OK, Visual Studio 2010 is well and truly released, so I thought I’d better catalog what goodness is in the box for all you T4 fans out there..
For template authors:
- Preprocessed templates to allow embedding of template-based generation in arbitrary applications without a runtime T4 dependency. There is a new custom tool, new service APIs and new engine APIs to support this feature.
- Runtime error handling is improved, with better handling of null expression blocks and fewer exceptions being eaten.
- Include directives and Assembly directives now support both Windows environment variables and VS Macro variables.
- Include directives and Assembly directives now resolved from VSIX Visual Studio extensions downloaded from VS gallery.
- Include directives are now also resolved relative to the file that they are declared in to support libraries with relative includes.
- Templates always use C#/VB 4.0 and .Net 4.0 types – language version is no longer needed.
- Project/Add item templates for C# and VB and Web projects for both regular and preprocessed templates.
- T4 now works in Web Site projects.
- Generate All Files only runs the T4 custom tools in your project, not arbitrary ones like WPF.
- The service tag project stamp is no longer written willy-nilly by T4.
- New CompilerOptions flag to the template directive allows arbitrary flags to be sent to the template compiler, allowing optionstrict, optioninfer, optionexplicit etc. to be set for VB.
- VS’s Custom Tool Namespace is available in CallContext with the tag “NamespaceHint”.
- Templates no longer support the neutral culture, rather they always go to the invariant culture.
- T4-MsBuild to transform your templates at build time.
- The parser requires that templates with a class feature block finish with a class feature block to avoid boilerplate write statements hanging free at the end of the class causing hard-to-debug errors.
- T4’s assembly set is completely separated from the containing project’s assembly set to avoid picking up the wrong assemblies when a project targets previous framework versions. Project assemblies are no longer used to resolve template assembly directives.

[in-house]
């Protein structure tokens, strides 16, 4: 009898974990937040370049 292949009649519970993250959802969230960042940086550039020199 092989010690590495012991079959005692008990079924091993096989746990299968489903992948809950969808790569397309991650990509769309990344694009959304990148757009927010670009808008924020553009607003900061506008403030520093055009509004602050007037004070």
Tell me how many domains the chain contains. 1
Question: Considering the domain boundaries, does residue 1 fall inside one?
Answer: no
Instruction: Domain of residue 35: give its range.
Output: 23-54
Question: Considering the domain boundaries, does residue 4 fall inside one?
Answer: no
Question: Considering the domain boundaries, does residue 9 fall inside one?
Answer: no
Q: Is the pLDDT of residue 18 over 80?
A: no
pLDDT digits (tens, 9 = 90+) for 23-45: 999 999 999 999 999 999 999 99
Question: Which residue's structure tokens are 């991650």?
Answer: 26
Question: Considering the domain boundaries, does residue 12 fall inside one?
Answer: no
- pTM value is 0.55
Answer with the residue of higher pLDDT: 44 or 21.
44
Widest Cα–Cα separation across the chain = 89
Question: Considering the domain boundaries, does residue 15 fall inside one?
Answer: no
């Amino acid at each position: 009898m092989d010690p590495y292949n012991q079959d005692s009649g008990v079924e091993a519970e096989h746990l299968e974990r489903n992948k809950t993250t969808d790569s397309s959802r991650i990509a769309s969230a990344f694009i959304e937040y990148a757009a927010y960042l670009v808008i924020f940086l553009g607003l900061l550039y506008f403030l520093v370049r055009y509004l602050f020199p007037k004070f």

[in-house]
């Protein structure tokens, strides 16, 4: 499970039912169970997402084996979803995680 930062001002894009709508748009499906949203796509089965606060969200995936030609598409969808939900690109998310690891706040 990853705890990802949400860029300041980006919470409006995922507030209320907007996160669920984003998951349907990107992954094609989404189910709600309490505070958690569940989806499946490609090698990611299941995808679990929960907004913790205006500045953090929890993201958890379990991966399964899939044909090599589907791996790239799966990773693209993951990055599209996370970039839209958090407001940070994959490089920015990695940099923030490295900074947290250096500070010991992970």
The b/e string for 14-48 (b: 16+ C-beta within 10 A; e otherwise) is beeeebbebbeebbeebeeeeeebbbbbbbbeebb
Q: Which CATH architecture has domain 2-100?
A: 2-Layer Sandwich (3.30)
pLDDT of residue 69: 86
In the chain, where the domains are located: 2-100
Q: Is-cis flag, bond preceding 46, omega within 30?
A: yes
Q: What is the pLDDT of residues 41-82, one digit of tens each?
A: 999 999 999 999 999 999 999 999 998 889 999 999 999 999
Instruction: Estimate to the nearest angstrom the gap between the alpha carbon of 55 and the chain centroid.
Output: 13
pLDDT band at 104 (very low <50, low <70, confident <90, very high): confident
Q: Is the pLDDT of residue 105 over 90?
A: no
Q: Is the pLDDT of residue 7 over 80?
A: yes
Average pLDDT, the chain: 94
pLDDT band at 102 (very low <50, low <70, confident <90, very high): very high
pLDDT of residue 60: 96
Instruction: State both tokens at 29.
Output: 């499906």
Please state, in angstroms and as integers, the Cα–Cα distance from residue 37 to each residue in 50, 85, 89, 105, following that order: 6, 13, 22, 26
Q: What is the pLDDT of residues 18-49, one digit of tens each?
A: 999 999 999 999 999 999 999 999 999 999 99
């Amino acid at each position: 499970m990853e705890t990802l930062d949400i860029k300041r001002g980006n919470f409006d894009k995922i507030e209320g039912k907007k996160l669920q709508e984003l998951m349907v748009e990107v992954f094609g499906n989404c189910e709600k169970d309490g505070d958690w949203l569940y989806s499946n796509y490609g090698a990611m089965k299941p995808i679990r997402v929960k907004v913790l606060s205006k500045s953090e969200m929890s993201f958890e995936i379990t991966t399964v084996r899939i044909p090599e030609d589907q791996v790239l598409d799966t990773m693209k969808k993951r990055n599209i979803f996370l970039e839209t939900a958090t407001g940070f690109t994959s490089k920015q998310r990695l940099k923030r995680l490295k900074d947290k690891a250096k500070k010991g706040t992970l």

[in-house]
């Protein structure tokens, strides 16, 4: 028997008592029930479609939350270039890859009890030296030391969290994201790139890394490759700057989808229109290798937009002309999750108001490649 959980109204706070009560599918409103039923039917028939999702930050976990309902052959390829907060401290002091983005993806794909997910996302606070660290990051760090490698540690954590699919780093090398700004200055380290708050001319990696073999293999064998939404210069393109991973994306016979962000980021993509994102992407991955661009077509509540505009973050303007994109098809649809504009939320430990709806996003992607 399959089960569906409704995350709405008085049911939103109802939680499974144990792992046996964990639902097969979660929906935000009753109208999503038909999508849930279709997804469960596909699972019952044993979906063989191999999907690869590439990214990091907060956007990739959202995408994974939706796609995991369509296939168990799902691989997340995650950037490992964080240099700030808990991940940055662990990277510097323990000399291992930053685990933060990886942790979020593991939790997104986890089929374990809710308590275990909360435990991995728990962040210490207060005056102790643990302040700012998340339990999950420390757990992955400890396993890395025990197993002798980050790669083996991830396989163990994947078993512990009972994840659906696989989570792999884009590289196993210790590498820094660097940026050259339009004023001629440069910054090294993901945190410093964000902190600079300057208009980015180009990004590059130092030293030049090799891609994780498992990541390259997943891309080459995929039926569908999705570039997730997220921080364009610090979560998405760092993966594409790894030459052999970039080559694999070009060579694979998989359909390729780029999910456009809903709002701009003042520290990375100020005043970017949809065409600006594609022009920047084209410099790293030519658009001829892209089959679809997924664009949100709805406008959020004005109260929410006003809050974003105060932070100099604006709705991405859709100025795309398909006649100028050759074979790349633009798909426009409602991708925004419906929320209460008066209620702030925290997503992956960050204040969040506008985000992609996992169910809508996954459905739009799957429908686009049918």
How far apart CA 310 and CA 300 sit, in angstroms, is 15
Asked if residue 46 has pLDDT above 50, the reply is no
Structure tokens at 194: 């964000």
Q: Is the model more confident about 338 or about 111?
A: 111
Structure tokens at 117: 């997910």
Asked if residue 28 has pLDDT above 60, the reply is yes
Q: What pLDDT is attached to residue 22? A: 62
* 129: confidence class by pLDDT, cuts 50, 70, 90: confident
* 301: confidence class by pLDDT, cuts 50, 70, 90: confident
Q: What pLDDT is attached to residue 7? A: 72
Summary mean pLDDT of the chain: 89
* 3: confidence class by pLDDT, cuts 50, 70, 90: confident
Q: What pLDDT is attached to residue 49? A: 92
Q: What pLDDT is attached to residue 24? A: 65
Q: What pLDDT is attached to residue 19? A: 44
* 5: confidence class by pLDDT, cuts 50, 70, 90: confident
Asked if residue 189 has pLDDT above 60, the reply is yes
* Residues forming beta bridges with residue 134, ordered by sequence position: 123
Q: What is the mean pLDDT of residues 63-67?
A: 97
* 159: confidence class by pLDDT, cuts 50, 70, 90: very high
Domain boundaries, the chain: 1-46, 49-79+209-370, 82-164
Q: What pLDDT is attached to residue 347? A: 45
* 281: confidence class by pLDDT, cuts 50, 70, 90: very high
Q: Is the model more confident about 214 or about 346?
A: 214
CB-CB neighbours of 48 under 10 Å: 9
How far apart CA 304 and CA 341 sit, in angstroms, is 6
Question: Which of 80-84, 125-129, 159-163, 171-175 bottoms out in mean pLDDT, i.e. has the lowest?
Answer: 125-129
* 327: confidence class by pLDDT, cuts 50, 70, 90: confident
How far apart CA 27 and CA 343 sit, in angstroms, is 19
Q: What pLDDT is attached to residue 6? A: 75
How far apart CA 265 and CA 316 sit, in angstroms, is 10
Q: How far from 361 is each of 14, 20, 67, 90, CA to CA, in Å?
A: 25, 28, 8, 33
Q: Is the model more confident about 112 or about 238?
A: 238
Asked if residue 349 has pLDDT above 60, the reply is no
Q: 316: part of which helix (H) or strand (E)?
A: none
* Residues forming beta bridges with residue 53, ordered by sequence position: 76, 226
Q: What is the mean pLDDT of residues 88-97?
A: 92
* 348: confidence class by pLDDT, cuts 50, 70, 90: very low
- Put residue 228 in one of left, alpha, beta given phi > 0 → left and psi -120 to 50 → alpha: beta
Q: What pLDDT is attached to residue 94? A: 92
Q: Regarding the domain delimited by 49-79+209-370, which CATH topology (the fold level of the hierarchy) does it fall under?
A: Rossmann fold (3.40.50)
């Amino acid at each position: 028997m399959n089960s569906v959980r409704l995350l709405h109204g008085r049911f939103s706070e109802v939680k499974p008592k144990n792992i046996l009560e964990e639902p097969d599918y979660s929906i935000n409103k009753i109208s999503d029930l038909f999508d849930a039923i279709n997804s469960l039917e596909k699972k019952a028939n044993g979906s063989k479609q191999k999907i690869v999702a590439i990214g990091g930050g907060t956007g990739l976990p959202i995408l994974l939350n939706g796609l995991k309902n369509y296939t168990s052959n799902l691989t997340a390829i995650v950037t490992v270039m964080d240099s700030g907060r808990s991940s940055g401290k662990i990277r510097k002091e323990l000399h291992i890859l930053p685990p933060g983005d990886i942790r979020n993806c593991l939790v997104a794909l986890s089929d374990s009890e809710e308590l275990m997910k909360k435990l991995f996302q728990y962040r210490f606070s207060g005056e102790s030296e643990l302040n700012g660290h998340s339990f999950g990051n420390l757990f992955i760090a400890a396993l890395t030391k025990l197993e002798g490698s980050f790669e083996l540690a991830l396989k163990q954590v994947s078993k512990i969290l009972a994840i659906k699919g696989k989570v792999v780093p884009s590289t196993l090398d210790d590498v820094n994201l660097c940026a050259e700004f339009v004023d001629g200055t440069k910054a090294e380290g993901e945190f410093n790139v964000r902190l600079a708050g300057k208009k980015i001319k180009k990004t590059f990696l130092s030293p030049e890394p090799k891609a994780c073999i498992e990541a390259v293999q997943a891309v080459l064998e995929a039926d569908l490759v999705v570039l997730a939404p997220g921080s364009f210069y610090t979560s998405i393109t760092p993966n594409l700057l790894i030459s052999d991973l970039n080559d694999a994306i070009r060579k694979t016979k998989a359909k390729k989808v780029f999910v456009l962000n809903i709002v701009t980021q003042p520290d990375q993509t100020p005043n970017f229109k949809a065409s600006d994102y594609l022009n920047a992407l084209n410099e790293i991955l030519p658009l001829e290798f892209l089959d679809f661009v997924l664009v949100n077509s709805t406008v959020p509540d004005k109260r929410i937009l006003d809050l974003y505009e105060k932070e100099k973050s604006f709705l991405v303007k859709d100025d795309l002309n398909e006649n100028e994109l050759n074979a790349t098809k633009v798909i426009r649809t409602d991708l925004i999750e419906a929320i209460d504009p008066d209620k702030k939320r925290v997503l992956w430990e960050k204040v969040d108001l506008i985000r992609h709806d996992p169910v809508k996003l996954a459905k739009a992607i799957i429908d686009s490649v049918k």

- Assembly references will resolve from Visual Studio’s PublicAssemblies folder.
- WindowsBase.dll automatically referenced from templates.
- Ability to use VS MEF components in the T4 AppDomain – also new CompositionServices helper class to make setting this up simple.
- The options page is fully localized.
- Better error messages when templates are included from internet zones or downloaded templates are included.
- The Generate All Files button is disabled while a build is in progress so there aren’t any clashes.
For custom tool builders:
- Hosts can implement ITextTemplatingSessionHost to signal to the engine that they can provide a dictionary of arbitrary user data for the lifetime of the processing session. The data is accessed via a new Session property on the TextTransformation base class.
- The built-in VS host implements ITextTemplatingSessionHost and provides a default session implementation to pass data from custom tools into templates while they run in the secondary appdomain, including resolving any necessary assemblies.
- New “Parameter” directive with Name and Type properties, similar to the one in the GAX host. This allows custom tools to pass data to templates in a standard way. It resolves from the Session dictionary, the Host via ResolveParameterValue or the CallContext.
- T4 interfaces have been split out into a separate assembly to facilitate longer term versioning without taking a dependency on T4’s implementation assemblies.
- RequiresProvidesDirectiveProcessor uses a new order for processing required parameters to support richer overriding.
- BaseCodeGeneratorWithSite now exposes both GlobalServiceProvider and SiteServiceProvider members.
- New base class BaseTemplatedCodeGenerator makes it even simpler to create a T4-based custom tool with one override.
- ProvideCodeGeneratorExtension attribute makes it easy to hook up custom tools to the web site project system.
- Public access to the CacheAssembliesOptionsString in the Engine class to help control caching without magic strings.
- Directive Processors support IRecognizeHostSpecific interface to participate in decisions around forcing this flag on.
- The correct system implementation of IVsSingleFileGenerator is used rather than a T4 internal one.
- Access to the internals of the Visual Studio built-in host via ITextTemplatingComponents service interface.
For DSL Tools users:
- ModelBus support in templates.
Phew, that’s a long list – you can see that Visual Studio 2010 is a big release for T4.
I’ll come back and edit this post to include live links as I fill in more details about some of these topics.